A mother forgives

Potential murder weapon: Knife gangs
Potential murder weapon: Knife gangs
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If someone murdered your child, could you ever forgive?

In your everlasting grief, could you find it in your broken heart?

Victim Milad Golmakani, 22

Victim Milad Golmakani, 22

I couldn’t. The anger and the bitterness, and the thought of them living their lives out having taken one so precious to mine, would prevent me.

We all know that forgiveness is the most vital of human virtues; that it releases the wounded from the original pain. That it is, in Christian terms, divine. But still. If someone deliberately ended the life of your son or daughter, it is too big an ask.

Consider this, then; a mother whose son was slaughtered by a gang of knife-wielding teenagers just a year ago hasn’t just forgiven them, she is determined to help his killers regain their lives after doing their time.

She plans to sell her family heirlooms to help them.

“I want to replace their knives and guns with flowers,” says Fatemah Golmakani, The North London 56-year-old hopes that hug and kisses and someone telling them they love them, will shake the murderers into changing their ways.

She is one incredible woman. Her son Milad was just 22 when he died from 14 knife wounds to his neck and back. Sean Hutton, Sean Ferdinand and Mohammed Hashi, all 19, and Lij McSween, 17, ambushed him as he played football last April.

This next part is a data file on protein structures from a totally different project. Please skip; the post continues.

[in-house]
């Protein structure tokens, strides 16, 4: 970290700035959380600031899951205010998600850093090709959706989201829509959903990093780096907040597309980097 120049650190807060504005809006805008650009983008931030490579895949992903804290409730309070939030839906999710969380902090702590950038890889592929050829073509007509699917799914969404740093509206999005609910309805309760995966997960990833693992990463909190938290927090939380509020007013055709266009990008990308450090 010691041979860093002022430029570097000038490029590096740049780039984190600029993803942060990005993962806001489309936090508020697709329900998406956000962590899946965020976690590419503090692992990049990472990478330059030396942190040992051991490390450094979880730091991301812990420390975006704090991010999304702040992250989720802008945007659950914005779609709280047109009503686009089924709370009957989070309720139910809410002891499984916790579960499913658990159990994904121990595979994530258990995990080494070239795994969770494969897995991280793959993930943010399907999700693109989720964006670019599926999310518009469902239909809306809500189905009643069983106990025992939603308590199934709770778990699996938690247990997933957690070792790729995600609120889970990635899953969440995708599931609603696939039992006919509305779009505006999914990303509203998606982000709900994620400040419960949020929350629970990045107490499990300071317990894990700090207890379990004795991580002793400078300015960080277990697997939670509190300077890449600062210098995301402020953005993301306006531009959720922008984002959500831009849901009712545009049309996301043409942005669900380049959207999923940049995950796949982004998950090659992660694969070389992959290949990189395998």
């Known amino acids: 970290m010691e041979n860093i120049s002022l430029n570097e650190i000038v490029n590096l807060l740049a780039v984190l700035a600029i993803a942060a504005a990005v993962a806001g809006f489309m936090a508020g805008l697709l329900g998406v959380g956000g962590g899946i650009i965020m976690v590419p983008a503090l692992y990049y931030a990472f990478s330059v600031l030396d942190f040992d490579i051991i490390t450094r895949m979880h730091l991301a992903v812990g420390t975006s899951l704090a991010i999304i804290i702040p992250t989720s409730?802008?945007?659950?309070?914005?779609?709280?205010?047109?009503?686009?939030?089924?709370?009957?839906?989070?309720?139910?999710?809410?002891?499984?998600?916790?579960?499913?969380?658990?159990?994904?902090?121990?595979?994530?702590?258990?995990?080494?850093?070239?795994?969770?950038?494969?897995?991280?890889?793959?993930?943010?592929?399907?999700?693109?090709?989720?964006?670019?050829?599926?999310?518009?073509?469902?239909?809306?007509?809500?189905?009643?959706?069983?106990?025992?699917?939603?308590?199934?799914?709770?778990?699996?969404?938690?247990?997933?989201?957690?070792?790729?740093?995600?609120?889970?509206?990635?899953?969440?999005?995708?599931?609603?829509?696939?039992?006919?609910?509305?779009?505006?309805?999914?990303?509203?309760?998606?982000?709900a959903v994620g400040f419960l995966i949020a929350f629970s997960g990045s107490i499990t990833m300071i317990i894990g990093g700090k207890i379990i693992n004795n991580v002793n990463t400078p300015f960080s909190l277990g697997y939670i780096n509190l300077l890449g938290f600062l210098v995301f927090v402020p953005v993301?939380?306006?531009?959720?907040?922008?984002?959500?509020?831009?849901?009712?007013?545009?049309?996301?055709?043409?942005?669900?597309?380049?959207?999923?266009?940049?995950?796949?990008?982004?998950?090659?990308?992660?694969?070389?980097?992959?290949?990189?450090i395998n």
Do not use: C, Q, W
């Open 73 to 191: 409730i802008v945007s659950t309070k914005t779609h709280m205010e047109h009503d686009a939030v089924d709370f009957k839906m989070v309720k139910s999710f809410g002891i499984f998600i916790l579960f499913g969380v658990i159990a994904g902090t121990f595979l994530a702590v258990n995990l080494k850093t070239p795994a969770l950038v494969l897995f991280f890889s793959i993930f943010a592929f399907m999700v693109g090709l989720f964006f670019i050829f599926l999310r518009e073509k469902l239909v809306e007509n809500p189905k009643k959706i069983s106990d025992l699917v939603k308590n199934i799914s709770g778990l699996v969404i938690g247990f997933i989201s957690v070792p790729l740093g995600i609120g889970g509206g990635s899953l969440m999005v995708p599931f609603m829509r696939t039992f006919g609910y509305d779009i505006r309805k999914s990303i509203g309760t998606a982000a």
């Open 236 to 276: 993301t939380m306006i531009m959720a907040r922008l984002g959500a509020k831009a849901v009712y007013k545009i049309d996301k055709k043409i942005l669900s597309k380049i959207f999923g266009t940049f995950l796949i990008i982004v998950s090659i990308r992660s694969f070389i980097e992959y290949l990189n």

They were given life sentences at the Old Bailey last month after being convicted of his murder.

But as they acclimatise to prison, Ms Golmakani has announced her plan to sell her diamond earrings, her grandmother’s watch and the crystal chandelier that has been in her family for more than 200 years.

She will use the money to set up a charity in her son’s name. The Milad Trust will support pupils who fall behind in school, providing them with careers advisers and showing them a different life can be theirs. It will also help her son’s killers on their release.

She said: “This charity will be a present to the killers.

“It will say to them, ‘Hey, you’ve ruined your lives and mine and my son’s but, if nothing else, here’s this to help others like you, and to help you.’ I want to bring their humanity back even if my son is gone.”

It fair takes your breath away, doesn’t it, the depths of this mother’s love? Clearly, this grieving mother who no longer has a son to look out for still wants to nurture.

But this act of utter selflessness is about far more than that. She has looked beyond the horrific event that erupted that fateful night to the root cause of much of the disaffection of today’s youth - to the impoverished childhoods, the poor parenting and the deprived neighbourhoods that spawn young men who, with no hope for a future the legal, decent way, grow up bitter and bad.

Some are calling her stupid and naive and saying her son would be turning in his grave at his mother’s plan.

We need to follow Mrs Golmakani’s heart, not theirs, and hope that the boys who killed her son and are humbled enough to accept her hand.